How to Start a Business in Ohio

From licenses and permits to taxes and insurance, learn what you need to do to start a business in Ohio.

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Here's an overview of the key steps you'll need to take to start your own business in Ohio.

1. Choose a Business Idea

Take some time to explore and research ideas for your business. At this stage, take into consideration your own interests, skills, resources, availability, and the reasons why you want to form a business. You should also consider the likelihood of success based on the interests and needs of your community. Read our article for more tips on how to evaluate business ideas.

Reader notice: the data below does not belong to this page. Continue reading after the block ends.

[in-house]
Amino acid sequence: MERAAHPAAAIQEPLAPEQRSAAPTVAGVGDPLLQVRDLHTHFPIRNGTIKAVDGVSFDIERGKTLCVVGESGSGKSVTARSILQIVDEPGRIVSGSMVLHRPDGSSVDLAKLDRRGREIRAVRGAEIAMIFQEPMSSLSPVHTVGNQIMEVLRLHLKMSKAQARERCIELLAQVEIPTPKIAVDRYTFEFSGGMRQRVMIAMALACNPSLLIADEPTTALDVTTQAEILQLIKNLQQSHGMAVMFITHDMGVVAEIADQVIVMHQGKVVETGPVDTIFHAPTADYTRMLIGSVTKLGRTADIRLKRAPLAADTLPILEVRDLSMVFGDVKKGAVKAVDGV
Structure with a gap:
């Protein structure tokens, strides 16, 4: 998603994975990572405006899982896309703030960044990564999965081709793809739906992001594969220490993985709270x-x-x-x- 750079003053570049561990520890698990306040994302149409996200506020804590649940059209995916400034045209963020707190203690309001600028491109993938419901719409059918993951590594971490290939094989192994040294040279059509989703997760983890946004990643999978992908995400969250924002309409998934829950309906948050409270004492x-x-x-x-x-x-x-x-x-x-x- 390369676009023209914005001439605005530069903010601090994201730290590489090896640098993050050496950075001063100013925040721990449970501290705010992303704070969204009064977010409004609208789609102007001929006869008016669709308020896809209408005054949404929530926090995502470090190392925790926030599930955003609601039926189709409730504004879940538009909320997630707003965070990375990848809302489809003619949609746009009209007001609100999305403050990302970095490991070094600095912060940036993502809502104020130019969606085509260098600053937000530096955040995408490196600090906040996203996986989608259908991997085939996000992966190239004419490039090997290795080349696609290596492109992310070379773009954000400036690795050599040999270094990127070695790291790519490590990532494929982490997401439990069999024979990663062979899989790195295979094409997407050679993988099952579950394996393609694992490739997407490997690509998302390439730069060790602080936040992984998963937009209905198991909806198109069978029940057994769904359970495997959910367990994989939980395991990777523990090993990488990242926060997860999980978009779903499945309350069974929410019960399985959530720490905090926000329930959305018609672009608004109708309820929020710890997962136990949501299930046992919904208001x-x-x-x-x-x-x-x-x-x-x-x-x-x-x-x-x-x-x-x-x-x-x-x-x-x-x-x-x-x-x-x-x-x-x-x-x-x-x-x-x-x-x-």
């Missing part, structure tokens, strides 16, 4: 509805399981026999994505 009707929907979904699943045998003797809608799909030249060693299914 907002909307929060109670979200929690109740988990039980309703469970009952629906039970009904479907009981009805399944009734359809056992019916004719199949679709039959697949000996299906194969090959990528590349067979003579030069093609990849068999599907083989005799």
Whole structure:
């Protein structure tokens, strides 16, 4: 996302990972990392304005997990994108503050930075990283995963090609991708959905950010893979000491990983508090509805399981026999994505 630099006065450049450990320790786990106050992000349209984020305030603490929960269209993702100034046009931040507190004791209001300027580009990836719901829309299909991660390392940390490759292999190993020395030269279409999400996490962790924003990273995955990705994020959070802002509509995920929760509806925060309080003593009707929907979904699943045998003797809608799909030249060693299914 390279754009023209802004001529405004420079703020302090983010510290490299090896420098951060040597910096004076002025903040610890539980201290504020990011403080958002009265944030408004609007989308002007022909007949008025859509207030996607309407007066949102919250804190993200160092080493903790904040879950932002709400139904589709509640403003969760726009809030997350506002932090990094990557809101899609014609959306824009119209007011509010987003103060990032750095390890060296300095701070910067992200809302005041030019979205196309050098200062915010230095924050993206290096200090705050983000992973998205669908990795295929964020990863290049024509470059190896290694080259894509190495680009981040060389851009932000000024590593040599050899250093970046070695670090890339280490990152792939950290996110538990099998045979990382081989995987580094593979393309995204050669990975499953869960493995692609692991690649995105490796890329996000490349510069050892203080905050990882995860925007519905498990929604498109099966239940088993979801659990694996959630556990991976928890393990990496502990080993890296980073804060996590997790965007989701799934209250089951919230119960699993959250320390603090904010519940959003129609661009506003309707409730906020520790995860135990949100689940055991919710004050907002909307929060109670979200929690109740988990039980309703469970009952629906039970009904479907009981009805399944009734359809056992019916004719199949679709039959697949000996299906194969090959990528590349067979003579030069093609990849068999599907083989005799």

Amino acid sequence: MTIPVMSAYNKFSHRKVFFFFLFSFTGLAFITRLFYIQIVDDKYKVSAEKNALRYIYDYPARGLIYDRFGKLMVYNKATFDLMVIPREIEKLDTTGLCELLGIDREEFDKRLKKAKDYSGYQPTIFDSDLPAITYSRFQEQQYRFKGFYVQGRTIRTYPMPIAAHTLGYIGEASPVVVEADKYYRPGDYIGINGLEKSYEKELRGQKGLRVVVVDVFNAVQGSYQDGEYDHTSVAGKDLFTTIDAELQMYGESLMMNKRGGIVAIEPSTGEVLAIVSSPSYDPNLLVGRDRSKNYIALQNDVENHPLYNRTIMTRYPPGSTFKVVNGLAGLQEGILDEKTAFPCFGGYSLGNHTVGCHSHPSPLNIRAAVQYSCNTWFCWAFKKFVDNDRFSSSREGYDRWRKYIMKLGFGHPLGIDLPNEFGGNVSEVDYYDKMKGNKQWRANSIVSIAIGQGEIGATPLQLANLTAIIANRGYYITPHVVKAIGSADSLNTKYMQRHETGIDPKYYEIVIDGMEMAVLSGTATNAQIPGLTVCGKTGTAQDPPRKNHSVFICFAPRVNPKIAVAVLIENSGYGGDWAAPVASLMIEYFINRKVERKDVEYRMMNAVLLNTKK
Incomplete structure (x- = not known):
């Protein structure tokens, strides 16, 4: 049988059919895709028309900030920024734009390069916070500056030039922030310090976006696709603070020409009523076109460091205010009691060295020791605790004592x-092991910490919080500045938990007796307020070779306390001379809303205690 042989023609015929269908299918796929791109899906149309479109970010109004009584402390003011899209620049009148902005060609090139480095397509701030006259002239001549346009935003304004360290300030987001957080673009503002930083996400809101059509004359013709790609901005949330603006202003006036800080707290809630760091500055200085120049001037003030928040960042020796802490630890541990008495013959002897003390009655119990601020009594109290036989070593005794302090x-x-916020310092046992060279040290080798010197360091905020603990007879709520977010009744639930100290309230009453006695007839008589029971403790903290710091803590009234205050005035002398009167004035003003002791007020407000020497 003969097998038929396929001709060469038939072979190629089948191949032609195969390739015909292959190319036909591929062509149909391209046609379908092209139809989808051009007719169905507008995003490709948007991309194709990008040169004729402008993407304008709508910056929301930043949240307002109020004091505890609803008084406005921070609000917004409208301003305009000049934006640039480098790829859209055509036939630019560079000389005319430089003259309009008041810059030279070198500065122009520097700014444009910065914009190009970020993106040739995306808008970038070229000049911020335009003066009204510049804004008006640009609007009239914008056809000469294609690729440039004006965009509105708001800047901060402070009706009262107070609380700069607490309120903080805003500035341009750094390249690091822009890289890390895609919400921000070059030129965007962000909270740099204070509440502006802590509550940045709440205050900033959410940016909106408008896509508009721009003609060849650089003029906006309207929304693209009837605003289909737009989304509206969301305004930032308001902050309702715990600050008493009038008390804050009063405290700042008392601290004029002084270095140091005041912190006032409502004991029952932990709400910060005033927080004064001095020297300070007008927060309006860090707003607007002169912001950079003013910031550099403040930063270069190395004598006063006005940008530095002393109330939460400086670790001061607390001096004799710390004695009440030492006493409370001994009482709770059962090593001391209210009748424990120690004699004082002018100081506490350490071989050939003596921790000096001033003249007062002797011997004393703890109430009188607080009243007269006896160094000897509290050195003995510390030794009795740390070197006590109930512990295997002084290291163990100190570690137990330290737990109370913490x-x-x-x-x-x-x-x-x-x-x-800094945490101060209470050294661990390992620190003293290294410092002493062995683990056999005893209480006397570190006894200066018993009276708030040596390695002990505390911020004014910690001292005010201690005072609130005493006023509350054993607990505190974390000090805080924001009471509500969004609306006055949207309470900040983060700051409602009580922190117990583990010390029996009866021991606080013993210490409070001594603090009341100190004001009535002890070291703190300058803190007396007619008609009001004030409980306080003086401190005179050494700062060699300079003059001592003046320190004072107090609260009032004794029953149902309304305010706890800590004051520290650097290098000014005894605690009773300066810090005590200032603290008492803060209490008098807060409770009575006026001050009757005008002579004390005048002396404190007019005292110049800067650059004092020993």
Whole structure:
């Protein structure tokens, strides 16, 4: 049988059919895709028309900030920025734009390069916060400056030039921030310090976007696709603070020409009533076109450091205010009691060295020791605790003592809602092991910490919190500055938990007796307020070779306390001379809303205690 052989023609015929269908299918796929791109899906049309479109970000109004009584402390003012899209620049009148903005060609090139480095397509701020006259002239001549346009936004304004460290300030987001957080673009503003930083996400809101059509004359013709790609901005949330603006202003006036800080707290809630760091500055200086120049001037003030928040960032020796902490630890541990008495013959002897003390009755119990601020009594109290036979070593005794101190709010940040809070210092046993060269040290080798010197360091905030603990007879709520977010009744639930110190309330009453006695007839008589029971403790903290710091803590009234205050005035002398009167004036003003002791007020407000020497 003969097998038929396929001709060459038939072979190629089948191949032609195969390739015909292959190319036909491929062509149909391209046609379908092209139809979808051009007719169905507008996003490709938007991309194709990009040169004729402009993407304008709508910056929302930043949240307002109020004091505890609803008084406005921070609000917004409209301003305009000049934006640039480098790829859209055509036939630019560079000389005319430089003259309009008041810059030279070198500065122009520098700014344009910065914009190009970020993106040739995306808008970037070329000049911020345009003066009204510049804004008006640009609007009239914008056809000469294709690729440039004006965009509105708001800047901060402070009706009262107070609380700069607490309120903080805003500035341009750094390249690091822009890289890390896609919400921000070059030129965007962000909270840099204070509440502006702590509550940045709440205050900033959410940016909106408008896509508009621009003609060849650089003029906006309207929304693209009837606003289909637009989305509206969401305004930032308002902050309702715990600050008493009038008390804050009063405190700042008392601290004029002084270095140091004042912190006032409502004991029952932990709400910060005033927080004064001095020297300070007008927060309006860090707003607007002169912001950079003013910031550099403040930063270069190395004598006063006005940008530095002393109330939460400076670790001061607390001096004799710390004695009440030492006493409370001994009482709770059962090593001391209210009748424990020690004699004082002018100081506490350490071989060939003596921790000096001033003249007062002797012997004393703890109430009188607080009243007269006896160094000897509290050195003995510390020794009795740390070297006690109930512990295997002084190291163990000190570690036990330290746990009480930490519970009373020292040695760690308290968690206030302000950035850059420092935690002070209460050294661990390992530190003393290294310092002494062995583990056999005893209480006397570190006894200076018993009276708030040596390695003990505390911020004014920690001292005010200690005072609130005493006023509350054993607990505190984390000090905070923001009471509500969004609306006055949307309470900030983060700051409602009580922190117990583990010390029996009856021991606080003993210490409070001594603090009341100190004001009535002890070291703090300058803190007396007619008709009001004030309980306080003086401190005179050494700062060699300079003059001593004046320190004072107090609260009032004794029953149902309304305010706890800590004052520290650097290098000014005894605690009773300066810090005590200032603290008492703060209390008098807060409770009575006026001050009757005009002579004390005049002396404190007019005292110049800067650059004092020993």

After you select an idea, consider drafting a business plan to evaluate your chances of making a profit. When you create a plan, you will have a better idea of the startup costs, your competition, and strategies for making money. Typically, investors and lenders will ask to review your business plan before providing financial assistance. To learn more about the benefits of business plans and how to create one for your enterprise see Why You Need to Write a Business Plan.

2. Decide on a Legal Structure

The most common legal structures for a small business are:

  • sole proprietorship
  • partnership
  • limited liability company (LLC), and
  • corporation.